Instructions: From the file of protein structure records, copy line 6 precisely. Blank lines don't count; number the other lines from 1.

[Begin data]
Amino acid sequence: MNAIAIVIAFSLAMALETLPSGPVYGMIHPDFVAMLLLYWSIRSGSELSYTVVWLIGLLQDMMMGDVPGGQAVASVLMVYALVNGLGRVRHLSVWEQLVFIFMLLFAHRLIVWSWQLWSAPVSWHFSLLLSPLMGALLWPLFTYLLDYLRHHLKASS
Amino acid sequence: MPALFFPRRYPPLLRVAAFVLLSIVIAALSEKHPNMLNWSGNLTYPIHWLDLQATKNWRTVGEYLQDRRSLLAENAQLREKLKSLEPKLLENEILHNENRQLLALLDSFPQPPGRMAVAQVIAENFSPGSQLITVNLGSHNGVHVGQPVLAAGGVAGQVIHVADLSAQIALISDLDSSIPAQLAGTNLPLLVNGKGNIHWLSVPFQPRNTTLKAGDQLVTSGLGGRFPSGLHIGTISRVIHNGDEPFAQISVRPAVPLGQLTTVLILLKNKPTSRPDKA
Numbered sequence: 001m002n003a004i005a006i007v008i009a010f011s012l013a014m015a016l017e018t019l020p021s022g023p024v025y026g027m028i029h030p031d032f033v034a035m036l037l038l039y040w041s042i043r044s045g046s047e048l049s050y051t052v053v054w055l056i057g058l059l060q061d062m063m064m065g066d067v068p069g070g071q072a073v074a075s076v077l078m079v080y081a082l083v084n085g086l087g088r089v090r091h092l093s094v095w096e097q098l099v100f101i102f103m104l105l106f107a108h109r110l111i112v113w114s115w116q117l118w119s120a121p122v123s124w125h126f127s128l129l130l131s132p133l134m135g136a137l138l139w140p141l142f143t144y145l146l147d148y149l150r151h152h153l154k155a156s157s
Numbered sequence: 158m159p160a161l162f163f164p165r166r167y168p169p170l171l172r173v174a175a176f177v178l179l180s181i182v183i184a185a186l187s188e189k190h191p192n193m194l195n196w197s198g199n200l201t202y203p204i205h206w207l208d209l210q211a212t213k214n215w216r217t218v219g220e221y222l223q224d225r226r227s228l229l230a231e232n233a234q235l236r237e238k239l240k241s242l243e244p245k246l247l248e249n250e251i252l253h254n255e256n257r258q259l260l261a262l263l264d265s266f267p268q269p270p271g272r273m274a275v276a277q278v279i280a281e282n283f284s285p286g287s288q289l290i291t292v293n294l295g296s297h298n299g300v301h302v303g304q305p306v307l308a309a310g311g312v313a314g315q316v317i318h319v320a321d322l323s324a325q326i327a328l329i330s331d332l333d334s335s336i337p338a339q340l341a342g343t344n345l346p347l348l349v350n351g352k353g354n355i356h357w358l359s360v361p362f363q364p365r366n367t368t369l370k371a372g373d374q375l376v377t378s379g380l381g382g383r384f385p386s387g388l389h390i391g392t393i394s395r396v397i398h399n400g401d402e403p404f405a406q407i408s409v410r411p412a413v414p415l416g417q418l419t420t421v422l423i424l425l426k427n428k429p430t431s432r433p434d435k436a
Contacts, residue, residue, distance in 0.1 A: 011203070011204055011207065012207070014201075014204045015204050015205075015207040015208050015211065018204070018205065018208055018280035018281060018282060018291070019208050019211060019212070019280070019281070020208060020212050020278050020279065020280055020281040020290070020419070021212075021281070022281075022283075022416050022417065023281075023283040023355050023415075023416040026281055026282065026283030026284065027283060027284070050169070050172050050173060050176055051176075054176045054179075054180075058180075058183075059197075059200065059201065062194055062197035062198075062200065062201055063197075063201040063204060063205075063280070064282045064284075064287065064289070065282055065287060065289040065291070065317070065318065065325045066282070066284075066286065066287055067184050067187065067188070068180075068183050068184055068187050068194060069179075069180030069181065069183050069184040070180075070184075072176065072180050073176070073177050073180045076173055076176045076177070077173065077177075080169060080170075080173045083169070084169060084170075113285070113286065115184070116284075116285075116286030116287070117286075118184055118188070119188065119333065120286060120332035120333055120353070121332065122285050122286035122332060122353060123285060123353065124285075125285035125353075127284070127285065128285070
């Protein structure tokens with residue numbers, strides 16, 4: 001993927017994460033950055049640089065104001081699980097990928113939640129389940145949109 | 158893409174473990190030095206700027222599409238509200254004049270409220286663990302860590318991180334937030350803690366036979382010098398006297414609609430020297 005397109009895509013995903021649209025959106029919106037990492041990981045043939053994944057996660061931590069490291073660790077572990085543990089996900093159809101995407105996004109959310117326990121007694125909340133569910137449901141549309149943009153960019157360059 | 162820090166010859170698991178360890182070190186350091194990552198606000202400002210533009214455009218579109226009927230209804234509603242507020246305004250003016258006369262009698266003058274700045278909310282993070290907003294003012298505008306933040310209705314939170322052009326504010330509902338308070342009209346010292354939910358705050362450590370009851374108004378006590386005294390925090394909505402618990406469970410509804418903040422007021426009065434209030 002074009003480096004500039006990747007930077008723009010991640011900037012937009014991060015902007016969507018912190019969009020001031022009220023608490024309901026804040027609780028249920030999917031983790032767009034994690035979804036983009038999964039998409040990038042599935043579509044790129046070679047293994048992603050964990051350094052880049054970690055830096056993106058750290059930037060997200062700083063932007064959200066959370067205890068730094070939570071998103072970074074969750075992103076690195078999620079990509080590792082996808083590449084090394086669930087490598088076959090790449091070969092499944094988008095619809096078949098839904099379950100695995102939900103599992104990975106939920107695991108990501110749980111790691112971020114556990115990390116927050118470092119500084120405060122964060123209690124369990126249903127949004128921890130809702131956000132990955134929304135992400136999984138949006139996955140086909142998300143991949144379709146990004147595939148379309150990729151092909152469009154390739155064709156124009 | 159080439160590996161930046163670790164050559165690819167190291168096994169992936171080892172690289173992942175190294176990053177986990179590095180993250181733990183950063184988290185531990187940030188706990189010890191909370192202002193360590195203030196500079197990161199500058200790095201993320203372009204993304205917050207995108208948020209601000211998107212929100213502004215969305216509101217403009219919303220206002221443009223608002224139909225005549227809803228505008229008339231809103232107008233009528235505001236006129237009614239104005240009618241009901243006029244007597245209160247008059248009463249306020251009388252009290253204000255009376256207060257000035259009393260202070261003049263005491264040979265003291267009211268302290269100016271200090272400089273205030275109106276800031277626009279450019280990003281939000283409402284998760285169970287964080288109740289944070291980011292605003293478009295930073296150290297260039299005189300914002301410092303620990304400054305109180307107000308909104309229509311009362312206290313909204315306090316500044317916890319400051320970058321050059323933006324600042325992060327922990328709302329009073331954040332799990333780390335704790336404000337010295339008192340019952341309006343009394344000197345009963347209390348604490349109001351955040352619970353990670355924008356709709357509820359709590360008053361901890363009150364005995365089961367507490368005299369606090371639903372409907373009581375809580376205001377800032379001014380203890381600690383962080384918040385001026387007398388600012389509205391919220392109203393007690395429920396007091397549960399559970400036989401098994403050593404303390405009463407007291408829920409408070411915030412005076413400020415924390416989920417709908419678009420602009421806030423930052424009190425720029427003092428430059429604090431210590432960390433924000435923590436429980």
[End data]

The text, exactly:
């Protein structure tokens with residue numbers, strides 16, 4: 001993927017994460033950055049640089065104001081699980097990928113939640129389940145949109 | 158893409174473990190030095206700027222599409238509200254004049270409220286663990302860590318991180334937030350803690366036979382010098398006297414609609430020297 005397109009895509013995903021649209025959106029919106037990492041990981045043939053994944057996660061931590069490291073660790077572990085543990089996900093159809101995407105996004109959310117326990121007694125909340133569910137449901141549309149943009153960019157360059 | 162820090166010859170698991178360890182070190186350091194990552198606000202400002210533009214455009218579109226009927230209804234509603242507020246305004250003016258006369262009698266003058274700045278909310282993070290907003294003012298505008306933040310209705314939170322052009326504010330509902338308070342009209346010292354939910358705050362450590370009851374108004378006590386005294390925090394909505402618990406469970410509804418903040422007021426009065434209030 002074009003480096004500039006990747007930077008723009010991640011900037012937009014991060015902007016969507018912190019969009020001031022009220023608490024309901026804040027609780028249920030999917031983790032767009034994690035979804036983009038999964039998409040990038042599935043579509044790129046070679047293994048992603050964990051350094052880049054970690055830096056993106058750290059930037060997200062700083063932007064959200066959370067205890068730094070939570071998103072970074074969750075992103076690195078999620079990509080590792082996808083590449084090394086669930087490598088076959090790449091070969092499944094988008095619809096078949098839904099379950100695995102939900103599992104990975106939920107695991108990501110749980111790691112971020114556990115990390116927050118470092119500084120405060122964060123209690124369990126249903127949004128921890130809702131956000132990955134929304135992400136999984138949006139996955140086909142998300143991949144379709146990004147595939148379309150990729151092909152469009154390739155064709156124009 | 159080439160590996161930046163670790164050559165690819167190291168096994169992936171080892172690289173992942175190294176990053177986990179590095180993250181733990183950063184988290185531990187940030188706990189010890191909370192202002193360590195203030196500079197990161199500058200790095201993320203372009204993304205917050207995108208948020209601000211998107212929100213502004215969305216509101217403009219919303220206002221443009223608002224139909225005549227809803228505008229008339231809103232107008233009528235505001236006129237009614239104005240009618241009901243006029244007597245209160247008059248009463249306020251009388252009290253204000255009376256207060257000035259009393260202070261003049263005491264040979265003291267009211268302290269100016271200090272400089273205030275109106276800031277626009279450019280990003281939000283409402284998760285169970287964080288109740289944070291980011292605003293478009295930073296150290297260039299005189300914002301410092303620990304400054305109180307107000308909104309229509311009362312206290313909204315306090316500044317916890319400051320970058321050059323933006324600042325992060327922990328709302329009073331954040332799990333780390335704790336404000337010295339008192340019952341309006343009394344000197345009963347209390348604490349109001351955040352619970353990670355924008356709709357509820359709590360008053361901890363009150364005995365089961367507490368005299369606090371639903372409907373009581375809580376205001377800032379001014380203890381600690383962080384918040385001026387007398388600012389509205391919220392109203393007690395429920396007091397549960399559970400036989401098994403050593404303390405009463407007291408829920409408070411915030412005076413400020415924390416989920417709908419678009420602009421806030423930052424009190425720029427003092428430059429604090431210590432960390433924000435923590436429980």